Little Black Hat
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Little Black Hat

My mother, in her last years of life, wore a black stocking cap. As her cancer progressed, the cap sunk lower and lower onto her head and against its shadow, the angles of her face sharpened and her eyes grew bigger with fear...and rebellion.

I hadn’t really thought back on the cap until after I had picked up one of my own at the local thrift store and caught my reflection in the mirror. Immediately, I searched my face for her, for the hollowness of her cheeks and the smudge of impending death under her eyes.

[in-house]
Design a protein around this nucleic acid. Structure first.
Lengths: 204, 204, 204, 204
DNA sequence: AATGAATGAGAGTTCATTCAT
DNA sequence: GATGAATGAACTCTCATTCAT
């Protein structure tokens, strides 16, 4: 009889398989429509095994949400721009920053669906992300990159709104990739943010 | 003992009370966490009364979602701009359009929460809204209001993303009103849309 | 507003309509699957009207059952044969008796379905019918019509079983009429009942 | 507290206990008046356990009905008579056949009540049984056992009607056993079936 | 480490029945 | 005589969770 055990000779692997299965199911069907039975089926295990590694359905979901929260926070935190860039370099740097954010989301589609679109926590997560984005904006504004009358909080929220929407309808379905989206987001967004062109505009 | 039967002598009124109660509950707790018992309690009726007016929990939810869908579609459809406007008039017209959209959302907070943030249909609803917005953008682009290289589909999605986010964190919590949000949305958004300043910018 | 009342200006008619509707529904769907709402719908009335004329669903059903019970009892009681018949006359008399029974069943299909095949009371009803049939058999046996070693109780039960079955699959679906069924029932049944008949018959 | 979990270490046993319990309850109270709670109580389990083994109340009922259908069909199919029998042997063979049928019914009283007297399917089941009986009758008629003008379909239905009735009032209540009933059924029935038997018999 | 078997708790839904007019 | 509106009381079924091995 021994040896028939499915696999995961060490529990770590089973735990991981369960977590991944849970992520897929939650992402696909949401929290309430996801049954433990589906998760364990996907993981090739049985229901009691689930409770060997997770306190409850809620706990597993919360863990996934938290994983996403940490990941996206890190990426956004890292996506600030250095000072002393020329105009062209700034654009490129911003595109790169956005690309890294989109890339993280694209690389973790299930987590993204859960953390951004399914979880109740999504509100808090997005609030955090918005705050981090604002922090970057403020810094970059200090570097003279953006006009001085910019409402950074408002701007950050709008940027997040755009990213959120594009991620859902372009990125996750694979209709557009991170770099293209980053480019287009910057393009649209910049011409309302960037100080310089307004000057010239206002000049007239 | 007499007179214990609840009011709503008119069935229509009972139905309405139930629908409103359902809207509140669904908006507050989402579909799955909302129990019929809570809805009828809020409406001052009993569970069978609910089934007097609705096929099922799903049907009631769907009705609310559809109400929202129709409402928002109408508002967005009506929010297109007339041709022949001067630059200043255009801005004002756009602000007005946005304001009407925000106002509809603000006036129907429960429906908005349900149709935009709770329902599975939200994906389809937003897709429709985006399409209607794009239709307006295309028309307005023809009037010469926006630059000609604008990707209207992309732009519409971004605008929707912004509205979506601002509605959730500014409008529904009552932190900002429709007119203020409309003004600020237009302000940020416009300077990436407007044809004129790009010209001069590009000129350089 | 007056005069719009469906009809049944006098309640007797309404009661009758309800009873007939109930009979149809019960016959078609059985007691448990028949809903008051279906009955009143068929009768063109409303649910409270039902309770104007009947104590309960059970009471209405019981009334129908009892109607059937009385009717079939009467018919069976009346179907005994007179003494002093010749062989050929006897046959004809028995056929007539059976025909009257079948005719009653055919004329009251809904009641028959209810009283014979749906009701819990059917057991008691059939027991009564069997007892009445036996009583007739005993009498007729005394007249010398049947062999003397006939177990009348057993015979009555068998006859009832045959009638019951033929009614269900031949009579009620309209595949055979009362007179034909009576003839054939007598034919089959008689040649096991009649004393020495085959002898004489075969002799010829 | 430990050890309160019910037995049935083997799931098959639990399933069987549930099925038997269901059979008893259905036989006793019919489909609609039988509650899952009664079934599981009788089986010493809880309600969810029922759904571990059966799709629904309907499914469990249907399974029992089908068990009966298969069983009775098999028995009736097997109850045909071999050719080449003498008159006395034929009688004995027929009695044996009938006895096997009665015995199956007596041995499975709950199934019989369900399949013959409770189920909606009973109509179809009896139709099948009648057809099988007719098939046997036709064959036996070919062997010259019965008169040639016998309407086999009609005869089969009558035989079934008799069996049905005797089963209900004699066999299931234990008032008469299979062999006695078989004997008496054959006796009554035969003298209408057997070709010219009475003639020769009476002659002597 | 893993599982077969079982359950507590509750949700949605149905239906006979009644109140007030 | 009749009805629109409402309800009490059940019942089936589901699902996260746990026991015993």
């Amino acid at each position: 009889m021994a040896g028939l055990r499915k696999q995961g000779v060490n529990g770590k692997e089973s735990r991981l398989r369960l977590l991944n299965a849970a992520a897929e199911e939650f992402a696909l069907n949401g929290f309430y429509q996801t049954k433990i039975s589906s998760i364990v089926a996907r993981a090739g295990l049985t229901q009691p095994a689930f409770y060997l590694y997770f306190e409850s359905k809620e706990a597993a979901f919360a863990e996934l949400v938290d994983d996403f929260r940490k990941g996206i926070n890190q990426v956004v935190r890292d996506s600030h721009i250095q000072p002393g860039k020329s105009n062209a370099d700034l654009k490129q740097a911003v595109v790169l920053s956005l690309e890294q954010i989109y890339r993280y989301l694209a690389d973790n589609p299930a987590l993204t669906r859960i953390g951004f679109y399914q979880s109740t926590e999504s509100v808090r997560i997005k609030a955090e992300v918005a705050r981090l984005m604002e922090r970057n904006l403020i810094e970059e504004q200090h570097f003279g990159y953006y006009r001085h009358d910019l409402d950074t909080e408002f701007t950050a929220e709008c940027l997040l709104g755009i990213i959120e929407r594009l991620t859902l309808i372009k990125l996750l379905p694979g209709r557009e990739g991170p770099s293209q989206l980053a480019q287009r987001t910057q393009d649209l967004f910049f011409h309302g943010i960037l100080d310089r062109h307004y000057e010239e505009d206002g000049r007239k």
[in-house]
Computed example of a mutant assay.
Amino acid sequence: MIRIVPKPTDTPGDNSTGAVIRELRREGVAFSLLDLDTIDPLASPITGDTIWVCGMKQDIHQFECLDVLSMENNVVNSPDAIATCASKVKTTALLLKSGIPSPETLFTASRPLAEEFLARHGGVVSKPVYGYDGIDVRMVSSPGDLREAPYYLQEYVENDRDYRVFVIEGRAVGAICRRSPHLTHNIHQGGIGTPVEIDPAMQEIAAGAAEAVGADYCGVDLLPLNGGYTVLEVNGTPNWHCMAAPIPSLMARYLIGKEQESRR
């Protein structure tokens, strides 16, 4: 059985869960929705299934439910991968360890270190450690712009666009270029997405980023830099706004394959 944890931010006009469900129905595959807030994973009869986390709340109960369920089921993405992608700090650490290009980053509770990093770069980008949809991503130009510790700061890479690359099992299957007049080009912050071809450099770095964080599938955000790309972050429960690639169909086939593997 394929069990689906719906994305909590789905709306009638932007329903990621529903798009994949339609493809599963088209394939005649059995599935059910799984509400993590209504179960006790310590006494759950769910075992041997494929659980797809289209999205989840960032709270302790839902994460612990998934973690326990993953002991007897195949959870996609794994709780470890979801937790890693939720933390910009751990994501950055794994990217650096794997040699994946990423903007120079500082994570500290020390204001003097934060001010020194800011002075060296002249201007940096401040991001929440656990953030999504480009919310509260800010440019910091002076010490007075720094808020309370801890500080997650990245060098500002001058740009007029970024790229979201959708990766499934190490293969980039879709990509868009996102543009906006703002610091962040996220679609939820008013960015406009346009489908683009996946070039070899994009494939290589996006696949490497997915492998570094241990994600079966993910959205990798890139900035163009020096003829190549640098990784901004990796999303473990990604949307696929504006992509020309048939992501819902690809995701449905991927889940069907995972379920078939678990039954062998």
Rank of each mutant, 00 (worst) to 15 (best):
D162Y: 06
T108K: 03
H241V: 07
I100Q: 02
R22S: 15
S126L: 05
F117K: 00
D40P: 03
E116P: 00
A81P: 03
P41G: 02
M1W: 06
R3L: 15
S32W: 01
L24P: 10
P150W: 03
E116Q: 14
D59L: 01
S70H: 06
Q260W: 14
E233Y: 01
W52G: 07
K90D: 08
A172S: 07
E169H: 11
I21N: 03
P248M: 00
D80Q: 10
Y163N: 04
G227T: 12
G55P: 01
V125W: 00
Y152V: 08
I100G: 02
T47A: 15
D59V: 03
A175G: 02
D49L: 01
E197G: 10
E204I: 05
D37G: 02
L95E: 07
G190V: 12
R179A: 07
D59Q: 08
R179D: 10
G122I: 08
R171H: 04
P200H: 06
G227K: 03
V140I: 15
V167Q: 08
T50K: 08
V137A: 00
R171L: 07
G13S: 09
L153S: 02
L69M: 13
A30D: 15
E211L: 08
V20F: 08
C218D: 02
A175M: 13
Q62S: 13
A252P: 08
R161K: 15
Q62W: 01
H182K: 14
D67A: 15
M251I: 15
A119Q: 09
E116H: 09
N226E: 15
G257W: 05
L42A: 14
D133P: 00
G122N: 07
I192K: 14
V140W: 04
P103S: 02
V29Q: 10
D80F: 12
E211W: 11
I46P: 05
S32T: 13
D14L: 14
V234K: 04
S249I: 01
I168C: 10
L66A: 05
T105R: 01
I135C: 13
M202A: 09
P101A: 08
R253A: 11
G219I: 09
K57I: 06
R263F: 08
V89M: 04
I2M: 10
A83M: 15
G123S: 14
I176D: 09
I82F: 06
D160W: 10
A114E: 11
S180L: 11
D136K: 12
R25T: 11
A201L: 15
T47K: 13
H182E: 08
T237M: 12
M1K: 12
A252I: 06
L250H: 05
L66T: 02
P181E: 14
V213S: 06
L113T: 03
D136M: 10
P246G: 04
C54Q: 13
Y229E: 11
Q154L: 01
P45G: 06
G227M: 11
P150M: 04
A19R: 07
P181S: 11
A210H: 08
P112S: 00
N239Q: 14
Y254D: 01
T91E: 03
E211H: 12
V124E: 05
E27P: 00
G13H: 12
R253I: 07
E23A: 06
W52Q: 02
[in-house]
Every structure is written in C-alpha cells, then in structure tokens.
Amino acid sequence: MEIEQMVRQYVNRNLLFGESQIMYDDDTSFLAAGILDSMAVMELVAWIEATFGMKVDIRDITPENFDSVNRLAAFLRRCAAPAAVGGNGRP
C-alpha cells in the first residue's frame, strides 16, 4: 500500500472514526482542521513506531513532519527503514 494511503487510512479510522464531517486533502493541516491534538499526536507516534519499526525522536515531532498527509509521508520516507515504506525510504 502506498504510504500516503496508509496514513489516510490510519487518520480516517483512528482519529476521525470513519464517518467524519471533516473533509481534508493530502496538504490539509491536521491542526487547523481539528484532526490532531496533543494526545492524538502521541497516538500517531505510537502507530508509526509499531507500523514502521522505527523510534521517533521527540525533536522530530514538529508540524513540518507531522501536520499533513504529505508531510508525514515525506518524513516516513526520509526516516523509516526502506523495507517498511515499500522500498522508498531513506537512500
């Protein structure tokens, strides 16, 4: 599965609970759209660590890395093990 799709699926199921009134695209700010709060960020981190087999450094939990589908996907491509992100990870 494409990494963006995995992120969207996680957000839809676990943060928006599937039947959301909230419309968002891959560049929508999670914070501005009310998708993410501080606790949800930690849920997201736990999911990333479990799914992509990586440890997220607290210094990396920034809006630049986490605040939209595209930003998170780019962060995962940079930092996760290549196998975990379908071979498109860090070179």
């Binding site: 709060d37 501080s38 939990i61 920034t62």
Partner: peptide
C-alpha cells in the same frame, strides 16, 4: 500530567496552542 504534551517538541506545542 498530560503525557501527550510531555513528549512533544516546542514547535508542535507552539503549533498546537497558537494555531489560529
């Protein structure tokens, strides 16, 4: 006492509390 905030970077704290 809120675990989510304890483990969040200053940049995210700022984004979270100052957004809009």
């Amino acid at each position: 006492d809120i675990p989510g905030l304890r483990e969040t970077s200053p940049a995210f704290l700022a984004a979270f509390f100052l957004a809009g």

16-years after her cancer diagnosis, just a week shy of her 57th birthday, she died elegantly, peacefully, unwillingly, defiantly, eternally on a red leather couch in her living room. She eschewed the idea of a death bed.

Catching my mother’s face in my reflection gave me pause. Will it be me too? Is this hat the harbinger?

But then my daughter, all 6 years of her, scampered by. Maybe. Maybe not. No time to pause over the deaths that have ruled my life. V. It's about V.

Even so, I wear the hat to remind me to stare down death and give every bit of myself to our life.